</code> </code>
 +
 +
 +=== Printing to the Host's CUPS server ===
 +
 +The Guest OS can print to a CUPS printer that you configured on the Host. No other software on the Host or the Guest is needed. The Guest's printing system must be able to use //IPP//, the "Internet Printing Protocol". This is the CUPS native protocol.
 +
 +If your Guest is Windows 2000/XP, you need to do the following:
 +  - Click on "add printer" from the printer list window;
 +  - Select "networkprinter or a printer connected to another computer";
 +  - Pick "Connect to a printer on the Internet ..." and enter the correct URL;
 +  - Install the driver for your printer (you will need to have the driver setup program ready if it is not supported by Windows by default);\\ \\ The URL for your CUPS printer will look like <code>
 +http://10.111.111.254:631/printers/lp0</code> where the address ''10.111.111.254'' is the IP address for the Host and ''lp0'' is the name of the printer that you defined in CUPS. Naturally, you will need to substitute values that are appropriate for your own computer!\\ If you use the ''rc.vdenetwork'' init script I documented in [[slackware:vde | my QEMU/VDE network page]] then ''10.111.111.254'' will actually be the correct IP address to use.
 +
 +If your Guest is Slackware Linux, then you need to setup the CUPS client in the Guest. I assume that you already installed the CUPS package when you installed Linux in the Guest. This is what you should do:
 +  - Edit the file ''/etc/cups/client.conf'' and look for the line that says "''#ServerName myhost.domain.com''". Change that line into <code>ServerName 10.111.111.254</code> where you supply a correct IP address for your host. If you use the ''rc.vdenetwork'' init script I documented in [[slackware:vde | my QEMU/VDE network page]] then ''10.111.111.254'' will actually be the correct IP address to use;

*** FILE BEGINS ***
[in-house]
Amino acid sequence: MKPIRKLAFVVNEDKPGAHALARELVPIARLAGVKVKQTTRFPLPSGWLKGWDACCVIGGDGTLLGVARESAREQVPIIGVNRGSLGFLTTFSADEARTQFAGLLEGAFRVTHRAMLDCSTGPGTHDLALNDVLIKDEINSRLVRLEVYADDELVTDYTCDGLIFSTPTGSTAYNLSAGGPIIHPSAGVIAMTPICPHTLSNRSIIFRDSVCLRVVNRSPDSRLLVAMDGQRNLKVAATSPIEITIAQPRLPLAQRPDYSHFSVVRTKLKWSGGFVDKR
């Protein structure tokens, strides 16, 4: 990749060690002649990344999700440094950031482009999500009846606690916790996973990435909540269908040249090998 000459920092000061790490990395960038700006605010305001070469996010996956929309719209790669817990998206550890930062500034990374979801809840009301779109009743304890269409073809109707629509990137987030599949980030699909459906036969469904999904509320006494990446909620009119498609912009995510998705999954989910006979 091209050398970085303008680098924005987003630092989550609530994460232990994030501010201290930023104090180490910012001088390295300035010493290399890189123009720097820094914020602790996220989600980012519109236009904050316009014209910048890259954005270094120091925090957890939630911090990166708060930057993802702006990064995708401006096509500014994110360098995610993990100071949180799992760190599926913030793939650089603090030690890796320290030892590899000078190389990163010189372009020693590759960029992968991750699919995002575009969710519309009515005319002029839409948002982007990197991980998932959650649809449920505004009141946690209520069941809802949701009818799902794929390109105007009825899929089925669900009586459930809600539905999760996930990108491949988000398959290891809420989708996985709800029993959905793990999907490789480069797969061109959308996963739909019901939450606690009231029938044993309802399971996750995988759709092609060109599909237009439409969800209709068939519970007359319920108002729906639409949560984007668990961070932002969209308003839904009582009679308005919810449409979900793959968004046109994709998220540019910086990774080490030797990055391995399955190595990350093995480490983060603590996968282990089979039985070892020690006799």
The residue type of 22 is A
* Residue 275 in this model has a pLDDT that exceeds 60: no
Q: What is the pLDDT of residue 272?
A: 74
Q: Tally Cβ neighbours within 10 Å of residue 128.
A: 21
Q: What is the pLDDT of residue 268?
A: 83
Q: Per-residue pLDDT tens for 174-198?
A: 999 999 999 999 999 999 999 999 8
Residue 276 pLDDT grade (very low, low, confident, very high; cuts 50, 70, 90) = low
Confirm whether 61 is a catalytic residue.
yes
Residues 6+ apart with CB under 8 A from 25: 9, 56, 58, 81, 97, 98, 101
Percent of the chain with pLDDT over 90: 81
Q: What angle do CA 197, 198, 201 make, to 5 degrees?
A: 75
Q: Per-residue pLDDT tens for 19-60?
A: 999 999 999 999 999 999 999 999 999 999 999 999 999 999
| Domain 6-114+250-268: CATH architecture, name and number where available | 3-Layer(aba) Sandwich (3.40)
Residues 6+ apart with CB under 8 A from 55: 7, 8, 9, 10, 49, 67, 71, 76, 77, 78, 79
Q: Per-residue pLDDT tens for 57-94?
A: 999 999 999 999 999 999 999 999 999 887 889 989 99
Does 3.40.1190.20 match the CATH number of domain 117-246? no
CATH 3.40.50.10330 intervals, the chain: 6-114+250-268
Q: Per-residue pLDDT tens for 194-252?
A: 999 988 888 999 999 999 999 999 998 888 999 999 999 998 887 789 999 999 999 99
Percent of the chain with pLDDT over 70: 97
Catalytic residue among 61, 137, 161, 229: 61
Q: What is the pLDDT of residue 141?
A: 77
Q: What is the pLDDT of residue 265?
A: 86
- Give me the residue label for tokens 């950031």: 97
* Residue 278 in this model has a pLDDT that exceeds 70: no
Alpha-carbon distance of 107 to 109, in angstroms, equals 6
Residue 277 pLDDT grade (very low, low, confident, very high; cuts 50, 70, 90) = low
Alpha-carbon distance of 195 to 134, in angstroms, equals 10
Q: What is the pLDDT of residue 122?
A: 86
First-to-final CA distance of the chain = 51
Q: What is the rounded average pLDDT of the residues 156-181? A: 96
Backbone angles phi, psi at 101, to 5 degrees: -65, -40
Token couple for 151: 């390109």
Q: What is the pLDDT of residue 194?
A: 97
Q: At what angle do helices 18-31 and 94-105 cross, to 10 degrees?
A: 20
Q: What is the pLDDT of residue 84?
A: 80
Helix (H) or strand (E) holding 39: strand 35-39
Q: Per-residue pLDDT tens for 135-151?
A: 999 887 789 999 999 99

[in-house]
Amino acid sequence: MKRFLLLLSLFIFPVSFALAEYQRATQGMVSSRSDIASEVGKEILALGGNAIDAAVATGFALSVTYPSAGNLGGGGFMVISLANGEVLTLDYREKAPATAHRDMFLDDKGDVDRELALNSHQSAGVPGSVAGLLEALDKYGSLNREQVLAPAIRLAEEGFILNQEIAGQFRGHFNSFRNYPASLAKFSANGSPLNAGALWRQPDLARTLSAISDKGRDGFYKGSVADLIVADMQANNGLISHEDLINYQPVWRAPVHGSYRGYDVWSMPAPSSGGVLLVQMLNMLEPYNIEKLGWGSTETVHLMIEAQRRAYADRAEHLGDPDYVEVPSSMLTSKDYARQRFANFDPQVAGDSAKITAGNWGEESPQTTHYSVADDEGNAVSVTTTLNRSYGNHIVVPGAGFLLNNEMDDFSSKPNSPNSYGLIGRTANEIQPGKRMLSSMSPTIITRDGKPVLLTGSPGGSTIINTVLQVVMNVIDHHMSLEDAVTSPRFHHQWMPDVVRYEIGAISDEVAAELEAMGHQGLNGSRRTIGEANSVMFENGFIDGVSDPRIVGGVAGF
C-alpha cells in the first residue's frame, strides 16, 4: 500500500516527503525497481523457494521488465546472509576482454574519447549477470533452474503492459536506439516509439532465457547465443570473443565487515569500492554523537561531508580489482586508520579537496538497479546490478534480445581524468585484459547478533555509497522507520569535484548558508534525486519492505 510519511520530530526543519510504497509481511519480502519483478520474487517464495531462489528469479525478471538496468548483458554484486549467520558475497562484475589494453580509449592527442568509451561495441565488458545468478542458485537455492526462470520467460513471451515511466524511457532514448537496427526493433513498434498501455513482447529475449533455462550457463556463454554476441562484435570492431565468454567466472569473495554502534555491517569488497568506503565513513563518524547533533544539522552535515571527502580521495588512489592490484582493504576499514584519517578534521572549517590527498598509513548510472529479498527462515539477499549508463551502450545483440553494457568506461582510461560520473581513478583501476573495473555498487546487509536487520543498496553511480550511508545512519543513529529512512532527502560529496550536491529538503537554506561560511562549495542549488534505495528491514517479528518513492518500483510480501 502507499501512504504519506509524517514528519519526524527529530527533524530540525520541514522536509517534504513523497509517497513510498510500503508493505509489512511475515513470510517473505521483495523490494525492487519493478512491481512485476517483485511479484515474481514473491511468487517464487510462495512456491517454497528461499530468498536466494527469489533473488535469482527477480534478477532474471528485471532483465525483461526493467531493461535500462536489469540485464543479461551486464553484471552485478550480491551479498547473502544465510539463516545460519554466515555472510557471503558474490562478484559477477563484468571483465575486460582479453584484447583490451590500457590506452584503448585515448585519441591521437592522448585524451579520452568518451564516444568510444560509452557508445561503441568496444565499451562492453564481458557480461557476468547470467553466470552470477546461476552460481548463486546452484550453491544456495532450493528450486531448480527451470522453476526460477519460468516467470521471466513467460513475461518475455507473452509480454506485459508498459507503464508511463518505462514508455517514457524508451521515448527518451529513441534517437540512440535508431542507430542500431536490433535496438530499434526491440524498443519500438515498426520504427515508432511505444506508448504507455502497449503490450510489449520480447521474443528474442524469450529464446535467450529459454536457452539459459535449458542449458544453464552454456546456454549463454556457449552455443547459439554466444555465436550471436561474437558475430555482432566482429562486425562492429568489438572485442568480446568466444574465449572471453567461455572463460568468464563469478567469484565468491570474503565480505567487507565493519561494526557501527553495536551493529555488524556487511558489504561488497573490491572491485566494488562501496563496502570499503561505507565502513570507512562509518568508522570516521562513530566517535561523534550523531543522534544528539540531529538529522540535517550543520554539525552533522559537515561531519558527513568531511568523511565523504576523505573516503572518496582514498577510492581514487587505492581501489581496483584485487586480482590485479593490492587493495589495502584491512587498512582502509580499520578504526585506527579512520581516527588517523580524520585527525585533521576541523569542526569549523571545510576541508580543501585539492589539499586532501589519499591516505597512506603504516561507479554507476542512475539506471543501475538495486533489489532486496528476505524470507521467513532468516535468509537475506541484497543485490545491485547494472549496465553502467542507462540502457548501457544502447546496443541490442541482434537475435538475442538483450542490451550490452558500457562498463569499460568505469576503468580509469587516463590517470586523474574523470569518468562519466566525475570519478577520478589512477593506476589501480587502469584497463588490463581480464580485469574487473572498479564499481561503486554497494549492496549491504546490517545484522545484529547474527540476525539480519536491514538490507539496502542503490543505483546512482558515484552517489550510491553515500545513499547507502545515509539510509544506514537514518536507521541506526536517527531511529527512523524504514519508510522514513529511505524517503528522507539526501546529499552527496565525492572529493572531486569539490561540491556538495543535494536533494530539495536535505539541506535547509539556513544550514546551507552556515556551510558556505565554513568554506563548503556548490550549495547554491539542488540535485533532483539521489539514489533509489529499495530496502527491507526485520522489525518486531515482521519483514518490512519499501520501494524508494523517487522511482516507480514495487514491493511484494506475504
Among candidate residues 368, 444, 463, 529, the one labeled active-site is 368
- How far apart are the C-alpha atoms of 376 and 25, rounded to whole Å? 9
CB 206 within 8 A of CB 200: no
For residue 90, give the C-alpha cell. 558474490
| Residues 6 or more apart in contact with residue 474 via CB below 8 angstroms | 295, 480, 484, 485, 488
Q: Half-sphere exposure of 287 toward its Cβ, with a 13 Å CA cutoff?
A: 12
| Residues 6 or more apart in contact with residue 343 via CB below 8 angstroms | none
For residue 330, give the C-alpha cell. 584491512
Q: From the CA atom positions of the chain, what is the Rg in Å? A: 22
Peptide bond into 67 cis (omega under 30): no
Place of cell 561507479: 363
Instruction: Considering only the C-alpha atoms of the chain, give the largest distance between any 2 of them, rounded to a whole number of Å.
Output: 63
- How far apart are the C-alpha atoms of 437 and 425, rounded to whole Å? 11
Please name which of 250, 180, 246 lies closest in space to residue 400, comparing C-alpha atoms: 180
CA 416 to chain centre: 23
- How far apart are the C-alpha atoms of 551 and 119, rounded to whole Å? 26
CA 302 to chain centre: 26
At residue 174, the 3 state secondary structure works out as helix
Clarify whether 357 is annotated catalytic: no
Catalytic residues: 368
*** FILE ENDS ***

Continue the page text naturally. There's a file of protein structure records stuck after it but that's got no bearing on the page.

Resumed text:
+  - Make the CUPS init script executable so that CUPS will start automatically when the Guest boots: <code>chmod +x /etc/rc.d/rc.cups</code>
 +  - Reboot the Guest or (re-) start CUPS: <code>/etc/rc.d/rc.cups restart</code>
 +  - Your Guest should now be able to use your Host CUPS printer.
 +
 +<note tip>
 +In case you configured your Host's CUPS server to make it visible to other CUPS clients on your network (read my [[slackware:cups | "setting up CUPS" page]]), then the above CUPS client configuration won't be necessary. The Host's CUPS printer will automatically appear - ready for use - in your Guest even if CUPS is running in its default configuration.
 +</note>
  
  
 === Sound support in the Guest === === Sound support in the Guest ===
  
-QEMU has pretty good sound support. It emulates several sound hardcards. You can print a list of the emulated cards by running <code>qemu -soundhw ?</code> Support for the Adlib sound card in QEMU is not enabled by default (Soundblaster 16 and Ensoniq ES1370 are available in the VM by default)You can add support for Adlib to the emulator when you build the software, by adding <code>--enable-adlib</code> to the ''configure'' command. If you want information about the tunable audio parameters, run <code>qemu -audio-help</code>.+QEMU has pretty good sound support. It emulates several sound hardcards. You can print a list of the emulated cards by running <code>qemu -soundhw ?</code> Support for the Adlib sound card in QEMU is not enabled by default (Soundblaster 16 and Ensoniq ES1370 are available in the VM by default) You can add support for Adlib to the emulator when you build the software, by adding <code>--enable-adlib</code> to the ''configure'' command. If you want information about the tunable audio parameters, run <code>qemu -audio-help</code>
  
-For sound output, QEMU uses SDL which in turn uses OSS. Slackware uses the ALSA sound driver which has OSS emulation support. The scripts in the final section of this Wiki page show you how to setup your environment so that you can actually hear the sound that QEMU outputs. Since version 0.8.0, QEMU can use ALSA directly for sound output, but you will have to explicitly enable this when building the sofware. Add <code>--enable-alsa</code> to the ''configure'' command. +For sound output, QEMU uses SDL which in turn uses OSS. Slackware uses the ALSA sound driver which has OSS emulation support. Since version 0.8.0, QEMU can use ALSA directly for sound output, but you will have to explicitly enable this when building the sofware. Add <code>--enable-alsa</code> to the ''configure'' command.\\